Professional Comment

Reading and Audiobooks May Reduce Loneliness in Care Homes

by Dr Deborah Lee, Dr Fox Online Pharmacy

Life in a care home can be very lonely. Even before COVID-19, 60% of care home residents had no regular visitors. Age UK had reported that 200,000 older people had not a conversation with friends or family for a month. When asked, 3.9 mil- lion older people, said the TV was their main companion.

Since lockdown in March 2020, in con- junction with expert advice from the British Geriatric Society, Care Homes were advised that the risks from having visitors outweighed the benefits, and all visits,

with very few exceptions, had to stop. Care home residents are now at risk of being lonelier than ever.

Loneliness has serious adverse effects on physical and mental health. For example, in one 2012 Swiss survey, those who described themselves as lonely were significantly more likely to have a variety of chronic diseases, including high cholesterol, diabetes, depression, and psychological dis- tress. Loneliness was also associated overall, with an increase in smoking, and alcohol consumption, and a decrease in levels of physical inactivity.

It’s a sad fact – lonely people are 50% more likely to die prematurely. Being lonely is bad for your health, as smoking 15 cigarettes per day.


Many ideas have been put forward to combat loneliness, including activ- ities clubs, befriending services, attending day centres, and lunch clubs. However, there are challenges in providing these services in the face of social distancing and the pandemic.

One alternative option exists. Have you considered helping elderly resi- dents to do more reading? Reading – or more correctly termed ‘bibliother- apy’ – is actually a recognised therapeutic technique for people suffering from stress, anxiety, depression and other medical conditions.

“Reading is to the mind, what physical exercise is to the body,” says Carla Greenwood from the World Literacy Foundation.


Whereas many elderly people may find reading a print book difficult – perhaps due to failing eyesight, difficulty with long periods of concentra- tion, or physical problems holding books and turning pages, there’s always the option of audiobooks. This may be an under-used resource.

When a person reads a fiction book, they become engaged in the story and undergo a specific cognitive process. This means the detach from their current environment and experience a range of emotions, they think more critically and engage in problem-solving. Reading enhances reasoning skills, vocabulary, self-expression, and improves concentration. It also improves empathy and influences emotional intelligence.

When you read – even if this is only 6 minutes per day! – this has been shown to lower blood pressure, slow the heart rate, reduce cortisol levels (stress hormone), and make you feel calmer and more relaxed.

A 2016 American study, the authors compared the long-term survival rates of people aged 50-90 years, with their reading habits. 3636 partici- pants (already enrolled as part of a Health and Retirement Study), were regularly interviewed over a 12-year period. The study investigators found that reading for an average of half an hour a day, resulted in a 20% decrease in mortality, compared to non-readers. Book reading means immersing yourself in another world, which is thought to be beneficial to maintain cognitive function.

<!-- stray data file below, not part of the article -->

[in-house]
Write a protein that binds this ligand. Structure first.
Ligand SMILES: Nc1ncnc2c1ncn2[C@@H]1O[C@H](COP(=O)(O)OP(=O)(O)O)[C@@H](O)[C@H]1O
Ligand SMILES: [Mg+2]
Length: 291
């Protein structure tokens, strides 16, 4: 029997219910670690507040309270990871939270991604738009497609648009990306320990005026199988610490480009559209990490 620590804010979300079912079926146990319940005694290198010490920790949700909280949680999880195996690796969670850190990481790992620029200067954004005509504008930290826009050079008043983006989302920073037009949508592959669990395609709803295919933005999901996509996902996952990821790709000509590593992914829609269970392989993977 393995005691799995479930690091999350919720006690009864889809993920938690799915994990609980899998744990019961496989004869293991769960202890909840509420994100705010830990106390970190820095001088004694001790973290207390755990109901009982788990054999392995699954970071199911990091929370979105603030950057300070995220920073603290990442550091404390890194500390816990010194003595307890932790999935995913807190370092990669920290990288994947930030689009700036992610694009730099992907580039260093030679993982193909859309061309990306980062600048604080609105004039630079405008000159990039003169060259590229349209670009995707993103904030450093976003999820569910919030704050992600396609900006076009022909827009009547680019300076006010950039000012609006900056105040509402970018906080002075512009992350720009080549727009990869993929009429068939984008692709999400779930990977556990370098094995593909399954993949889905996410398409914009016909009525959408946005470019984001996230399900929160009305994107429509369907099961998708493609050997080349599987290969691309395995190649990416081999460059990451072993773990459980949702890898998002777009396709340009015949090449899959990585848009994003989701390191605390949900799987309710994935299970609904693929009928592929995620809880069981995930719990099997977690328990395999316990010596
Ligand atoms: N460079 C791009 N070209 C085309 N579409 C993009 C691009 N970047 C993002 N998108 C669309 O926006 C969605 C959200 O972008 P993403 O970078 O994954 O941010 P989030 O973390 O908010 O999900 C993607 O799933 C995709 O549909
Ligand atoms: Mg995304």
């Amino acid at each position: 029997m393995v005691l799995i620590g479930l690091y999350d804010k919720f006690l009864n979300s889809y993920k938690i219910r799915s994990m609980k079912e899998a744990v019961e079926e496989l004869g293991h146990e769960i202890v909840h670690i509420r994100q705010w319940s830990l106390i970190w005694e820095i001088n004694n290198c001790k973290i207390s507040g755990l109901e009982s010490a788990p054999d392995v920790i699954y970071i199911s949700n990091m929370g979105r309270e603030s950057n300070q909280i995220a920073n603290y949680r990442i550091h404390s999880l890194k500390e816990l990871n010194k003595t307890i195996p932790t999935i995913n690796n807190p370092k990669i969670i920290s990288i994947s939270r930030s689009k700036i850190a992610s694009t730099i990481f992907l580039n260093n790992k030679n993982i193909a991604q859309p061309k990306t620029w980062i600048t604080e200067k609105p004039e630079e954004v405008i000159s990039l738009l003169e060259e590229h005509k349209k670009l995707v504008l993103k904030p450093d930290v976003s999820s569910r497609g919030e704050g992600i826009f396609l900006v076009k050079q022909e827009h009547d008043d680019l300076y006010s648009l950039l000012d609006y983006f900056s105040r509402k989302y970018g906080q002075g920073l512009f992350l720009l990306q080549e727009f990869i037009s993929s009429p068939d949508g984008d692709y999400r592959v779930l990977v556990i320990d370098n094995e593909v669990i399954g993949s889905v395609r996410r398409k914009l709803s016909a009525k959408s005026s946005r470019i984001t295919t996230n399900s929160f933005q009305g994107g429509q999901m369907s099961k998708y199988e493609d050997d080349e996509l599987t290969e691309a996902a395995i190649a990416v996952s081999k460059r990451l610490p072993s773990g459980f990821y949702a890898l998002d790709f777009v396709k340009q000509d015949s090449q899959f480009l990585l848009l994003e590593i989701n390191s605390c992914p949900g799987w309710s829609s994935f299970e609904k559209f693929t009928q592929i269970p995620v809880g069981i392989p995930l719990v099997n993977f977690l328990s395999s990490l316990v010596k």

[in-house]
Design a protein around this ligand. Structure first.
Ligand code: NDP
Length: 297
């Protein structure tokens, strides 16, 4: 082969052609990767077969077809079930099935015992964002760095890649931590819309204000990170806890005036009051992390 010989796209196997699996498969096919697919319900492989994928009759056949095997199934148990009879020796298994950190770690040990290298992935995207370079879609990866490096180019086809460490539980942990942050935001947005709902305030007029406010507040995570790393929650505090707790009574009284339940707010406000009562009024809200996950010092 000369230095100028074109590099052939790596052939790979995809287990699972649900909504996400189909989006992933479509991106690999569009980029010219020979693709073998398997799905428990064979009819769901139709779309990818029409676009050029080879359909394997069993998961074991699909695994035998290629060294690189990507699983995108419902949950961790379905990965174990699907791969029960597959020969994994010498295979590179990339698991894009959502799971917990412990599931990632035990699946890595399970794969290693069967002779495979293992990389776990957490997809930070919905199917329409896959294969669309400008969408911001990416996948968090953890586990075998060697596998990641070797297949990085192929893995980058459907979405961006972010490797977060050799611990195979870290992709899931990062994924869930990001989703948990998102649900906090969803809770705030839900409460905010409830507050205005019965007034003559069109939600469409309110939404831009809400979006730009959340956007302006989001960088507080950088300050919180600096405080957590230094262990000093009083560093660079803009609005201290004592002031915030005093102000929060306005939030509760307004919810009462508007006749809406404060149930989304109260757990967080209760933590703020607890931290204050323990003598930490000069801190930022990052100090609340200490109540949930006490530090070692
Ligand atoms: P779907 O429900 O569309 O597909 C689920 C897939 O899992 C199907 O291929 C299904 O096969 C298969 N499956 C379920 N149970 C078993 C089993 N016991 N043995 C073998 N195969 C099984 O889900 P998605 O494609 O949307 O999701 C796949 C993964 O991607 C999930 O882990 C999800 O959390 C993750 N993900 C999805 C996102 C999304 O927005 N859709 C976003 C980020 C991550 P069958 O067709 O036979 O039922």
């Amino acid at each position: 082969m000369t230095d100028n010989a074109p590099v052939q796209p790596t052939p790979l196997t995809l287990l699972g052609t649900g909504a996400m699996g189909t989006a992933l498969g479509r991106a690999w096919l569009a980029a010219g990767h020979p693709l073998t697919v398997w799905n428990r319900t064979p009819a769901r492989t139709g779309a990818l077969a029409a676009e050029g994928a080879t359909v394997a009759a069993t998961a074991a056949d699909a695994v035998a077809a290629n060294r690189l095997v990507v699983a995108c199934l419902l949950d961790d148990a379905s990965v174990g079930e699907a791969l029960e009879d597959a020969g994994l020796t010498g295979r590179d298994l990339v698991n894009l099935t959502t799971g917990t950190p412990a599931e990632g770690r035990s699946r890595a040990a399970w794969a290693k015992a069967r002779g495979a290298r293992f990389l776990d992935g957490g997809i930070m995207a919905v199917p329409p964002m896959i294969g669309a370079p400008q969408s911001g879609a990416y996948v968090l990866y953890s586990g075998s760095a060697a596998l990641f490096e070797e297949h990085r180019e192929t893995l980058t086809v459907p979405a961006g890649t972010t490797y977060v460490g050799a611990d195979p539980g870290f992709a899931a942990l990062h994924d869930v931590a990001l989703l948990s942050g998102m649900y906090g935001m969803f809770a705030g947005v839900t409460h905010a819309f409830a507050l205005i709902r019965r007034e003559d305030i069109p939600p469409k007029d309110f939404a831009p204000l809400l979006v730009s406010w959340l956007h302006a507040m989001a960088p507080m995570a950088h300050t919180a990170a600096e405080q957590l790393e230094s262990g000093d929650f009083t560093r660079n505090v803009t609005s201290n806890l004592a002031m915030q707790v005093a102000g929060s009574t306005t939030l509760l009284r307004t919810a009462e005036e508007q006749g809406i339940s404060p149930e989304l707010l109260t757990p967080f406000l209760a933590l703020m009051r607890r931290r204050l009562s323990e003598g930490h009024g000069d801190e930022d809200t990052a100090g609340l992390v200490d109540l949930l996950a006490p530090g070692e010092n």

Interestingly, these results only applied to reading fiction books – not to newspapers or magazines. 87% of the above study participants, who were regular readers, were reading fiction books.


What about a book club? There are currently around 50,000 book clubs in the UK. They are increasingly popular, and even in lockdown, meetings have been continuing, for example, on Zoom.

Even older people with medical conditions can benefit from a book club. In one 2019 study of 10 stroke patients with aphasia (language and communication difficulties), there were positive improvements in reading com- prehension from attendance at a progamme of 7 book club sessions. The authors noted the benefits from social engagement and commented these sessions could be incorporated into rehabilitation protocols.

In another 2017 study, 8 cancer patients completed a 24-week active book club which involved listening to an audiobook, walking with a pedometer and supervised book club meetings. Although the results were mixed, the authors concluded that audiobooks can bring a whole new meaning to going for a walk, but noted it was important to choose an appropriate type of literature and choice of story.

Participants found listening to a story being narrated was challenging, but they found it was mentally absorbing and that the experience was meaningful. They recognized the programme had also focused on listening skills, and that talking about the books, then focused on their speaking skills. This is the first published study to link audiobooks to physical activity and has shown overall positive benefits.

Perhaps care homes could consider what can be done to assist their res- idents to read, and improve their access to audiobooks, as a way of com- batting loneliness?


Listening Books – A charity, with over 8000 titles which can be sent through the post as CD’s, or downloaded directly to a computer/listening device. There is a small membership fee of £20 per year.

Royal National Institute for the Blind (RNIB) -Talking Book Service. You can choose to receive your book on a CD or a memory stick or to download it directly onto your own listening device.

Calibre Audio – A free audiobook service for anyone with a print disability – that is the inability to read a printed page, for example, a learning disability, a brain injury or a stroke, or a neurological condition such as multiple sclerosis or Parkinson’s Disease.